One of the issues that most angered me about the obvious deviation from the Expanded Universe in Star Wars regarding the new movies was the betrayal of some really good science fiction written particularly about the nature of the Force as it was pressed in the gravitational anomalies within the region of space known as the Maw.  It’s not perfect, but there were some high concepts concerning life and death in those novels that were what I’d consider significantly important.  The Force Awakens avoided all that and went in a new direction which as presented was a much more watered down entry.  Jaina Solo was in the books one of the greatest heroines of the saga, and Rey obviously wasn’t her and it just made no sense to me that she was excluded.  I still think it was a huge mistake not to utilize those very good stories as canon.  But, obviously Lucasfilm under Kathy Kennedy with the input of George Lucas felt the stories were getting away from the core Skywalker family lineage so they wanted to make a change in the new movies—and that didn’t seem justified—unless this recent rumor of Rey’s origin turns out to be true, which I am inclined to believe.   The answer is in the link below.  Click on it only if you want to know.  Having the answer isn’t really necessary for what I have to say about it.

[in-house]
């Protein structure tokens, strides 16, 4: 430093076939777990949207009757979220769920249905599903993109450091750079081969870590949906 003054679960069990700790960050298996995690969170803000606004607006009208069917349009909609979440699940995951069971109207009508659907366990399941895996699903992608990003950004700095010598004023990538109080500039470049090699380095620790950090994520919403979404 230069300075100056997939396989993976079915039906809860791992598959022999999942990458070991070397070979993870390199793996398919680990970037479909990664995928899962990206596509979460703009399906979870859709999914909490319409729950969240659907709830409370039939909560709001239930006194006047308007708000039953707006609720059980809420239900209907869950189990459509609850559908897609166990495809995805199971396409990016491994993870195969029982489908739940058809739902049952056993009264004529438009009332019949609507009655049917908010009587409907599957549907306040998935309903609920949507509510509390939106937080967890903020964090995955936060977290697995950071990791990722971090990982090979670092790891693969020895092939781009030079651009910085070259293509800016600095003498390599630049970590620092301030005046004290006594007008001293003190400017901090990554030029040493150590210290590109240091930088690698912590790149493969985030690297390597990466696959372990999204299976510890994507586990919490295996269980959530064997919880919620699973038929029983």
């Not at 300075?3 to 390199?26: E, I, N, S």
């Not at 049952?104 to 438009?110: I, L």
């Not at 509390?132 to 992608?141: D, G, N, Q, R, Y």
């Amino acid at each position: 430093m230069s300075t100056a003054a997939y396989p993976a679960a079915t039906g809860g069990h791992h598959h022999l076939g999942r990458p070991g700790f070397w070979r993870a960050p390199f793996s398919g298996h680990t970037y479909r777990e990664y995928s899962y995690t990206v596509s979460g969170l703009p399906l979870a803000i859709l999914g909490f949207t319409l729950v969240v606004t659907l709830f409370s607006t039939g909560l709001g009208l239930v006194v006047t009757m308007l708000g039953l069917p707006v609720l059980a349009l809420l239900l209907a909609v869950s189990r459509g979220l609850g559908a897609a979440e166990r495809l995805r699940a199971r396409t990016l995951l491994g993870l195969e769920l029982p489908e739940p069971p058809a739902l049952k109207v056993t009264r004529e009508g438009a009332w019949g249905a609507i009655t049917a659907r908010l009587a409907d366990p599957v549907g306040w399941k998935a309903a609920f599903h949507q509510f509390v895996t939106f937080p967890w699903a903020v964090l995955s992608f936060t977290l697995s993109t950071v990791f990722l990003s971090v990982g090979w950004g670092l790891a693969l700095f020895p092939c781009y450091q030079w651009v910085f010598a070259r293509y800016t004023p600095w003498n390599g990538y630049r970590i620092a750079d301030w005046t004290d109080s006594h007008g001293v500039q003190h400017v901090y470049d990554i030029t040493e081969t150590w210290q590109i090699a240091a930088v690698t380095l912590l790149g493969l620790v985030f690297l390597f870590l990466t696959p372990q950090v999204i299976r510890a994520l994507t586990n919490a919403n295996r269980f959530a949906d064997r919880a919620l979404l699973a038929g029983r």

Most religions believe in some form of reincarnation around the world—where the spirit of an entity returns to the world of the living in some other form, whether it’s a dog, cat, or another human being—it is something that is heavily revered around the world.  Even George Patton believed that he was an ancient warrior from days long gone and that he had been on earth before.  One of the things I have always liked most about Star Wars is that they took kid’s topics and wrapped them very carefully into modern religion.  The nature of the “Force” is an unusual concept that combines many world religions into an updated moral grounding that I have always thought was healthy.